It’s possible that ‘1995’ is the name Auckland hip hop artist Hanju Kim aka Hans has given his first EP because it was the year of hip hop that first caught his youthful attention. As Cassandra King reveals, his Korean origins and evidently classical sensibilities have since led him to create some uniquely interesting and increasingly meaningful music.
Having discovered ‘90s hip hop at the age of 14, Hanju Kim started to explore the genre. Not only did it become a new hobby, but also a new talent. By now studying at university, he is these days better known as Hans (or more accurately .hans.) in the Auckland hip hop scene.
“I didn’t really grow up with music. My mum’s a piano teacher, but classical piano. I learnt classical piano, but I didn’t really grow up with much music in the house ‘cause both my parents don’t really listen to music. I just found ‘90s hip hop and listened to that with a couple of friends and started doing it myself, for fun.”
With the simplest of vocal recording setups of a microphone recording into FL Studio, Hans started to work on his own tracks from the comfort of his bedroom. He keeps his crafting process simple, which means he can work around his studies of Human Geography at Auckland University, something he found to be a surprising influence on his music.
“I didn’t think studying Human Geography would help, but it really does. It helps me understand what is going on in Auckland as well, in terms of gentrification and how the music scene is really affected by that. It is a lens of the music scene but from an academic standpoint. It is interesting and I can incorporate it into my music as well.”
Hans’ three-track mix-tape EP ‘1995’ shows his development since he started back in 2012. Opening track Better takes a buoyantly glitchy, good times vibe that illustrates his changed writing style.
“I made really chill, slowed down, sad, depressing music for a while, before ‘1995’. It was good to have a bouncy, fun track. I would never have done that in the past three years. So it was fun.”
The video for Better portrays that vibe perfectly, with Beren Allan, an Auckland-based freelance filmmaker, behind the camera and Hans’ friends joining him for a day out. It got a positive response all round, his mum even updating her social media profile to proudly display her son’s work.
“It was really fun. I didn’t think of anything, just planned to go out on a day. Beren really knew how to get the right shots that worked, if I did the same video, with the same ideas, with someone else it might not have had the same effect. It was a really organic video.” Hans proudly talks about the videos simple, yet effective, process.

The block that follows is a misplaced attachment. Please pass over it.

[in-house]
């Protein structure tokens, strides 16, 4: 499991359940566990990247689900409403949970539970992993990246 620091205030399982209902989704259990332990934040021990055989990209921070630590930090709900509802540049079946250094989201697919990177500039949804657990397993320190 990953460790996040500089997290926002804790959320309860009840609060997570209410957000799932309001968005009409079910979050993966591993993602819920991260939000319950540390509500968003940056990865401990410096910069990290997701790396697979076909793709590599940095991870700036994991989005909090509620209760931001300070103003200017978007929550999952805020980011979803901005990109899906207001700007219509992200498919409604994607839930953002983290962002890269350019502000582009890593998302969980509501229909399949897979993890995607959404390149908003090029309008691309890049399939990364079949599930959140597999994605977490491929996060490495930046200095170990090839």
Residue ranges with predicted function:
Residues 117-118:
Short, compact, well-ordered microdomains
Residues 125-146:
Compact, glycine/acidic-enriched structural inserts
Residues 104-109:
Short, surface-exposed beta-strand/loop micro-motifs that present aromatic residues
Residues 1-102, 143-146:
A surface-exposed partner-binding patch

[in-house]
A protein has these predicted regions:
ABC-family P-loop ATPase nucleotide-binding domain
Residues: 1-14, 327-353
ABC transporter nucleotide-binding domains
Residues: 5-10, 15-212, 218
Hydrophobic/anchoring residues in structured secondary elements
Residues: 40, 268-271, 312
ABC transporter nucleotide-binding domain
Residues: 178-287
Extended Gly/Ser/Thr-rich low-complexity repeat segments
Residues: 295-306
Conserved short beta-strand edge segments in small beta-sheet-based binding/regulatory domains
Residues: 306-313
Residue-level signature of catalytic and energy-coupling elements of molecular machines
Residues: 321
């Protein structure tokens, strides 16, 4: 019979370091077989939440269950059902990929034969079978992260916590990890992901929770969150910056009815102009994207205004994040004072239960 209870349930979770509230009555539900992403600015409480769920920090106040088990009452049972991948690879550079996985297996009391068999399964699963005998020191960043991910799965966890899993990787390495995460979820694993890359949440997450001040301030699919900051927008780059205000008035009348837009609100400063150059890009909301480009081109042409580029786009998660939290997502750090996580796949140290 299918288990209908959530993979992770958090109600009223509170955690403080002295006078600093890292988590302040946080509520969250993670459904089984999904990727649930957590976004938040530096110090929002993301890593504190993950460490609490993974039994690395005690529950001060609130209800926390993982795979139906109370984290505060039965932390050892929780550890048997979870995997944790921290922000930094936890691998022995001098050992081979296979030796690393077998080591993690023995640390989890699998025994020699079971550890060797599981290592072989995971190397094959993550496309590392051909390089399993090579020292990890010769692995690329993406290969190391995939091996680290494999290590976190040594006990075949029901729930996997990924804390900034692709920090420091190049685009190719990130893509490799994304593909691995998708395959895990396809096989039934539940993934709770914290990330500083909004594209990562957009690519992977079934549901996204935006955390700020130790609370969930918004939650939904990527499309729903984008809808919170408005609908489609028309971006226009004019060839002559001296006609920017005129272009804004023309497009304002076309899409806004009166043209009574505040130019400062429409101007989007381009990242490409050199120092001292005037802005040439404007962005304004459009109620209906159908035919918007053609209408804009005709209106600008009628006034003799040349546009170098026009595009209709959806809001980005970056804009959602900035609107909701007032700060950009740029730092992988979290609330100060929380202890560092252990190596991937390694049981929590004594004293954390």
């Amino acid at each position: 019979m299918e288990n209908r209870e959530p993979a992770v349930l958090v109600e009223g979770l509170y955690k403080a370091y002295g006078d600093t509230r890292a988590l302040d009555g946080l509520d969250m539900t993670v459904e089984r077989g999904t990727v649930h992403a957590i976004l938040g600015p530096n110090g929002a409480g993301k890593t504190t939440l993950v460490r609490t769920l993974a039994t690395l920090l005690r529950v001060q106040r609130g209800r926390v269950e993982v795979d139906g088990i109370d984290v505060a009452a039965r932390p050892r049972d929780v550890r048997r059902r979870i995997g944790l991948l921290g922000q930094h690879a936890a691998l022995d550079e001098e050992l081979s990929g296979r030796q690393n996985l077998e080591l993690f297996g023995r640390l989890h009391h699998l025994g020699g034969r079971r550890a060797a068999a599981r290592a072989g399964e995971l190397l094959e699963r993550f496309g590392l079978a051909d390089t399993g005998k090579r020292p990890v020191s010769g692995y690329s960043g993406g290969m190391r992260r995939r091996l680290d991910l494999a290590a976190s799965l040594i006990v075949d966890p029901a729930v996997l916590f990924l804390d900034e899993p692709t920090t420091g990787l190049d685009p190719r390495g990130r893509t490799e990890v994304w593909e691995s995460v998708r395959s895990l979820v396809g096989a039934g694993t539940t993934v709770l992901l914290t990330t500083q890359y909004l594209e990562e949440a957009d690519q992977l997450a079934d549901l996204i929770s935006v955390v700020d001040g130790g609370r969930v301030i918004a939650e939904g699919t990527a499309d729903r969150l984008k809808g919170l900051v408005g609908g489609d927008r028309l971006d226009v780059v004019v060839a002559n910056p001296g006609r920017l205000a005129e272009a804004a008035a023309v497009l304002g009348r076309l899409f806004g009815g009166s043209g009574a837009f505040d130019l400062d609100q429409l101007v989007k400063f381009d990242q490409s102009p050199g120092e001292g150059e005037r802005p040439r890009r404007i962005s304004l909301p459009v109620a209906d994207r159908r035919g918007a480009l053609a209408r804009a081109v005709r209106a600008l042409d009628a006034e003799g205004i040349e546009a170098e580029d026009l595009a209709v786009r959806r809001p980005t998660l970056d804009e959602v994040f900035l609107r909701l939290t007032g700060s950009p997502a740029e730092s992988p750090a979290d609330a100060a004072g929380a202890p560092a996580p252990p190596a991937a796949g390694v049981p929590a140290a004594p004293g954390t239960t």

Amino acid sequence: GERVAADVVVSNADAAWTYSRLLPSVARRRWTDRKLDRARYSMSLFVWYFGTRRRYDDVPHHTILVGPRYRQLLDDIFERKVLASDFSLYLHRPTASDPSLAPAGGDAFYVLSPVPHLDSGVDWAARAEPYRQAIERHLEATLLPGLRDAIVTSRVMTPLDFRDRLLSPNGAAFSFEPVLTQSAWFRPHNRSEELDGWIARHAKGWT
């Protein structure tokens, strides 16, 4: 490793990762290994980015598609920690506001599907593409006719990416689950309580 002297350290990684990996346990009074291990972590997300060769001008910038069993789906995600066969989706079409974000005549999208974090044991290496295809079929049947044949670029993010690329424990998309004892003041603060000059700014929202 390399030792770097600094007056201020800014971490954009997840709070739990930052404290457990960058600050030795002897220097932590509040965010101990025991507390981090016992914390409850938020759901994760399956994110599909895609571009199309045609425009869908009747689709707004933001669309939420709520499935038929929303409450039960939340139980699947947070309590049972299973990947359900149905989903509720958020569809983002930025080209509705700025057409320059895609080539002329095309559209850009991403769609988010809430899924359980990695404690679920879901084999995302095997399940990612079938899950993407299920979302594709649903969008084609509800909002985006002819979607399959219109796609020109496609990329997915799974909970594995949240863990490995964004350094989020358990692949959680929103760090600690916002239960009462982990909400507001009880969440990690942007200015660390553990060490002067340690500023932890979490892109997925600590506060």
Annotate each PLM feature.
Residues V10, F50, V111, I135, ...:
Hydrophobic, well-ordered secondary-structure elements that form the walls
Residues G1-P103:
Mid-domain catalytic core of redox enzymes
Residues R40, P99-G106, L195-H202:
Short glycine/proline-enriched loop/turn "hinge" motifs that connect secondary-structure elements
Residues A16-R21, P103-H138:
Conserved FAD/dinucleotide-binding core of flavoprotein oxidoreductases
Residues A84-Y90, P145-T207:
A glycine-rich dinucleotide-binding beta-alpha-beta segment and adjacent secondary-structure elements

The video brings playful attention to aspects of Korean culture that are also heard in Hans’ lyrics. He wants to build up his identity in his music as much as possible, deliberately letting his style come as naturally as possible.
“I stopped the American accent in 2013, coincidentally coinciding with the Homebrew album that came out in 2012. When I first started I sounded quite American, but after hearing them and how real they are it really inspired me. I don’t put any thought to it – I sound how I sound. I try to incorporate bits of Korean into my rapping now. I speak a bit of Korean from time to time, and incorporating that is like building up my identity.”
Hans sees his next steps in music to be learning to produce a lot more of his tracks himself, rather than relying on other producers,
“Most of the time it is small time producers that I ask (to use their work), most Internet producers are quite approachable… but in future, I would want to work with Kanye West or Mac Miller. He’s under the radar in terms of his production, but I think he is crazy,” Hans laughs.
Until that day, Hans is working on his solo hip hop tracks while also working his way up in the arts scene with his crew, Mi.an and a clique including three other musical artists, two visual artists and a fashion designer. And it is with this group Hans excitedly reveals hopes for a website, first and foremost, and following that a group magazine. So not only can we expect music from this academic hip hop up-and-comer, but maybe also a visual collection.